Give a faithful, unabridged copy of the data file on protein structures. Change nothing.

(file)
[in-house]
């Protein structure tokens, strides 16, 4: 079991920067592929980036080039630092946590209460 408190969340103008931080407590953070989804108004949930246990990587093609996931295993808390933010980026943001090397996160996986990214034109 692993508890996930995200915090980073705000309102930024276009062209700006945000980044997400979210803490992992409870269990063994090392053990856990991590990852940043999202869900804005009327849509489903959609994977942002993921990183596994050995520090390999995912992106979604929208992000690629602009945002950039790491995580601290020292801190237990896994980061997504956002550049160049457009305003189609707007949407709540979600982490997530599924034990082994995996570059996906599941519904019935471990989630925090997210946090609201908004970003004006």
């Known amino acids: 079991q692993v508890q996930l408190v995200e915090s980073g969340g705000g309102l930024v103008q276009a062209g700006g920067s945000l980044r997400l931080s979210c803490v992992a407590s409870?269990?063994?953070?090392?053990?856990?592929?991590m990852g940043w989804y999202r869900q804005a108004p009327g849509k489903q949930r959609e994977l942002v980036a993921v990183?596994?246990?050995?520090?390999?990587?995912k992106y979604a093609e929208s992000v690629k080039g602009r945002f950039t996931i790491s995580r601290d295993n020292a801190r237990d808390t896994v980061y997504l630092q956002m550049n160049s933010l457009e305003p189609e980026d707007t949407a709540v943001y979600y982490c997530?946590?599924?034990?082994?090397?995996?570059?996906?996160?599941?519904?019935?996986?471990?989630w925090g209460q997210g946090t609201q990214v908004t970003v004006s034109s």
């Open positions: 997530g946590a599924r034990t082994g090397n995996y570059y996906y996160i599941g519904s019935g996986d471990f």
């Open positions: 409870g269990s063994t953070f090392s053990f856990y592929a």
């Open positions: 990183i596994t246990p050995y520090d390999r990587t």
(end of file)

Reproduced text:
[in-house]
């Protein structure tokens, strides 16, 4: 079991920067592929980036080039630092946590209460 408190969340103008931080407590953070989804108004949930246990990587093609996931295993808390933010980026943001090397996160996986990214034109 692993508890996930995200915090980073705000309102930024276009062209700006945000980044997400979210803490992992409870269990063994090392053990856990991590990852940043999202869900804005009327849509489903959609994977942002993921990183596994050995520090390999995912992106979604929208992000690629602009945002950039790491995580601290020292801190237990896994980061997504956002550049160049457009305003189609707007949407709540979600982490997530599924034990082994995996570059996906599941519904019935471990989630925090997210946090609201908004970003004006």
């Known amino acids: 079991q692993v508890q996930l408190v995200e915090s980073g969340g705000g309102l930024v103008q276009a062209g700006g920067s945000l980044r997400l931080s979210c803490v992992a407590s409870?269990?063994?953070?090392?053990?856990?592929?991590m990852g940043w989804y999202r869900q804005a108004p009327g849509k489903q949930r959609e994977l942002v980036a993921v990183?596994?246990?050995?520090?390999?990587?995912k992106y979604a093609e929208s992000v690629k080039g602009r945002f950039t996931i790491s995580r601290d295993n020292a801190r237990d808390t896994v980061y997504l630092q956002m550049n160049s933010l457009e305003p189609e980026d707007t949407a709540v943001y979600y982490c997530?946590?599924?034990?082994?090397?995996?570059?996906?996160?599941?519904?019935?996986?471990?989630w925090g209460q997210g946090t609201q990214v908004t970003v004006s034109s």
């Open positions: 997530g946590a599924r034990t082994g090397n995996y570059y996906y996160i599941g519904s019935g996986d471990f």
């Open positions: 409870g269990s063994t953070f090392s053990f856990y592929a």
């Open positions: 990183i596994t246990p050995y520090d390999r990587t």